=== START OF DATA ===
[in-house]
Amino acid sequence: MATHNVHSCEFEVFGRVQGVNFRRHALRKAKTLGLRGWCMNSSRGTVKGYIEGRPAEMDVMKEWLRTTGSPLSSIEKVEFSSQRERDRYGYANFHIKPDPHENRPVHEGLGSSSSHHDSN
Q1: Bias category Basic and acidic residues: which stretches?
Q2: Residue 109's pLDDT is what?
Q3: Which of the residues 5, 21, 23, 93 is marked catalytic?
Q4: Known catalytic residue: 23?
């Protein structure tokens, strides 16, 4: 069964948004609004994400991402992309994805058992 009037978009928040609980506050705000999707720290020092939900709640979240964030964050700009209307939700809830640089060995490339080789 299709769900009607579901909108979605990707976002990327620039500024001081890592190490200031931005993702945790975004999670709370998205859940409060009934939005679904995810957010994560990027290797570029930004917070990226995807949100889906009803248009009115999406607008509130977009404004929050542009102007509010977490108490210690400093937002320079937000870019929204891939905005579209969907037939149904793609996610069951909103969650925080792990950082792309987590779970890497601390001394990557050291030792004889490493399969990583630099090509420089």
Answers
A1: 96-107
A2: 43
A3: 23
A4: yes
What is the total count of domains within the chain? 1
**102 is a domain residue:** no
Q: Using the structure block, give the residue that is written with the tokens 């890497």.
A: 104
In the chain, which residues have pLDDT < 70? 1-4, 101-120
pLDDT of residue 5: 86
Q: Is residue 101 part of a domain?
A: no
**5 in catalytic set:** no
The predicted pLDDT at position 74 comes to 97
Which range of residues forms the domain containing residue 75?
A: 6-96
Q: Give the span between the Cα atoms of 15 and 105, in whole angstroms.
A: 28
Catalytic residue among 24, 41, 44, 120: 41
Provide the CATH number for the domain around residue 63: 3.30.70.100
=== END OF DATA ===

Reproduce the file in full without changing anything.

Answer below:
[in-house]
Amino acid sequence: MATHNVHSCEFEVFGRVQGVNFRRHALRKAKTLGLRGWCMNSSRGTVKGYIEGRPAEMDVMKEWLRTTGSPLSSIEKVEFSSQRERDRYGYANFHIKPDPHENRPVHEGLGSSSSHHDSN
Q1: Bias category Basic and acidic residues: which stretches?
Q2: Residue 109's pLDDT is what?
Q3: Which of the residues 5, 21, 23, 93 is marked catalytic?
Q4: Known catalytic residue: 23?
């Protein structure tokens, strides 16, 4: 069964948004609004994400991402992309994805058992 009037978009928040609980506050705000999707720290020092939900709640979240964030964050700009209307939700809830640089060995490339080789 299709769900009607579901909108979605990707976002990327620039500024001081890592190490200031931005993702945790975004999670709370998205859940409060009934939005679904995810957010994560990027290797570029930004917070990226995807949100889906009803248009009115999406607008509130977009404004929050542009102007509010977490108490210690400093937002320079937000870019929204891939905005579209969907037939149904793609996610069951909103969650925080792990950082792309987590779970890497601390001394990557050291030792004889490493399969990583630099090509420089």
Answers
A1: 96-107
A2: 43
A3: 23
A4: yes
What is the total count of domains within the chain? 1
**102 is a domain residue:** no
Q: Using the structure block, give the residue that is written with the tokens 């890497």.
A: 104
In the chain, which residues have pLDDT < 70? 1-4, 101-120
pLDDT of residue 5: 86
Q: Is residue 101 part of a domain?
A: no
**5 in catalytic set:** no
The predicted pLDDT at position 74 comes to 97
Which range of residues forms the domain containing residue 75?
A: 6-96
Q: Give the span between the Cα atoms of 15 and 105, in whole angstroms.
A: 28
Catalytic residue among 24, 41, 44, 120: 41
Provide the CATH number for the domain around residue 63: 3.30.70.100